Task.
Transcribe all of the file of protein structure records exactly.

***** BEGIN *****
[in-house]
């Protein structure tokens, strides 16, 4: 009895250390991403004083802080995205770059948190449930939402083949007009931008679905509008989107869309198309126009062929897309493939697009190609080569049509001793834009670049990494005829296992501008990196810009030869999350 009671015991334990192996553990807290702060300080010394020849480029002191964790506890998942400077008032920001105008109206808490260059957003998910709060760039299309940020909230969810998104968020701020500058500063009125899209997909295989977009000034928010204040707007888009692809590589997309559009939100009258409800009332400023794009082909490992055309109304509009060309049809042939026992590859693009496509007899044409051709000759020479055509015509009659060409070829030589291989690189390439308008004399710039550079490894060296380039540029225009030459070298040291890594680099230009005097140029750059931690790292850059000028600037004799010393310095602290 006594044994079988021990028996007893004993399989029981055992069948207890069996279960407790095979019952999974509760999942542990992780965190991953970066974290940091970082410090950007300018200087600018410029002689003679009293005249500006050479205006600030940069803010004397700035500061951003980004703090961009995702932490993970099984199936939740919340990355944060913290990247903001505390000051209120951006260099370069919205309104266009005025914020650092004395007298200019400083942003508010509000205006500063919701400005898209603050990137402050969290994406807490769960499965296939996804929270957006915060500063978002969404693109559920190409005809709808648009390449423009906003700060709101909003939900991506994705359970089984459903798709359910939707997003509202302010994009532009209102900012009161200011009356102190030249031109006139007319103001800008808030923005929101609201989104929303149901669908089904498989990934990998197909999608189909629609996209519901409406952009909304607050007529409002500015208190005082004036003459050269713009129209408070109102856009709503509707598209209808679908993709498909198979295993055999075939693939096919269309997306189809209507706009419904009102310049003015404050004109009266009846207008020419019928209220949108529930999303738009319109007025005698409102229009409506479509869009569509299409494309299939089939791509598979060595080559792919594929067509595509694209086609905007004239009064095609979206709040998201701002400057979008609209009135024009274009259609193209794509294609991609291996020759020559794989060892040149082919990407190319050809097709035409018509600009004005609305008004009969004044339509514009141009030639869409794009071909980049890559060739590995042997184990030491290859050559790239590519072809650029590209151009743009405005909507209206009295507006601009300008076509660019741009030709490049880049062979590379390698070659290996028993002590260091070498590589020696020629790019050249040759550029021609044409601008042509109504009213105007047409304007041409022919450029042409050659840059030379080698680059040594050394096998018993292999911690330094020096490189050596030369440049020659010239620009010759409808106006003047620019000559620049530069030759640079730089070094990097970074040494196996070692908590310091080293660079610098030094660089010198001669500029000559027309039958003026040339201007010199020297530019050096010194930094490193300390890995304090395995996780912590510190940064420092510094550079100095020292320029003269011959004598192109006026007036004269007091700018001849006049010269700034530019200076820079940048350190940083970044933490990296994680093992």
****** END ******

[in-house]
């Protein structure tokens, strides 16, 4: 009895250390991403004083802080995205770059948190449930939402083949007009931008679905509008989107869309198309126009062929897309493939697009190609080569049509001793834009670049990494005829296992501008990196810009030869999350 009671015991334990192996553990807290702060300080010394020849480029002191964790506890998942400077008032920001105008109206808490260059957003998910709060760039299309940020909230969810998104968020701020500058500063009125899209997909295989977009000034928010204040707007888009692809590589997309559009939100009258409800009332400023794009082909490992055309109304509009060309049809042939026992590859693009496509007899044409051709000759020479055509015509009659060409070829030589291989690189390439308008004399710039550079490894060296380039540029225009030459070298040291890594680099230009005097140029750059931690790292850059000028600037004799010393310095602290 006594044994079988021990028996007893004993399989029981055992069948207890069996279960407790095979019952999974509760999942542990992780965190991953970066974290940091970082410090950007300018200087600018410029002689003679009293005249500006050479205006600030940069803010004397700035500061951003980004703090961009995702932490993970099984199936939740919340990355944060913290990247903001505390000051209120951006260099370069919205309104266009005025914020650092004395007298200019400083942003508010509000205006500063919701400005898209603050990137402050969290994406807490769960499965296939996804929270957006915060500063978002969404693109559920190409005809709808648009390449423009906003700060709101909003939900991506994705359970089984459903798709359910939707997003509202302010994009532009209102900012009161200011009356102190030249031109006139007319103001800008808030923005929101609201989104929303149901669908089904498989990934990998197909999608189909629609996209519901409406952009909304607050007529409002500015208190005082004036003459050269713009129209408070109102856009709503509707598209209808679908993709498909198979295993055999075939693939096919269309997306189809209507706009419904009102310049003015404050004109009266009846207008020419019928209220949108529930999303738009319109007025005698409102229009409506479509869009569509299409494309299939089939791509598979060595080559792919594929067509595509694209086609905007004239009064095609979206709040998201701002400057979008609209009135024009274009259609193209794509294609991609291996020759020559794989060892040149082919990407190319050809097709035409018509600009004005609305008004009969004044339509514009141009030639869409794009071909980049890559060739590995042997184990030491290859050559790239590519072809650029590209151009743009405005909507209206009295507006601009300008076509660019741009030709490049880049062979590379390698070659290996028993002590260091070498590589020696020629790019050249040759550029021609044409601008042509109504009213105007047409304007041409022919450029042409050659840059030379080698680059040594050394096998018993292999911690330094020096490189050596030369440049020659010239620009010759409808106006003047620019000559620049530069030759640079730089070094990097970074040494196996070692908590310091080293660079610098030094660089010198001669500029000559027309039958003026040339201007010199020297530019050096010194930094490193300390890995304090395995996780912590510190940064420092510094550079100095020292320029003269011959004598192109006026007036004269007091700018001849006049010269700034530019200076820079940048350190940083970044933490990296994680093992």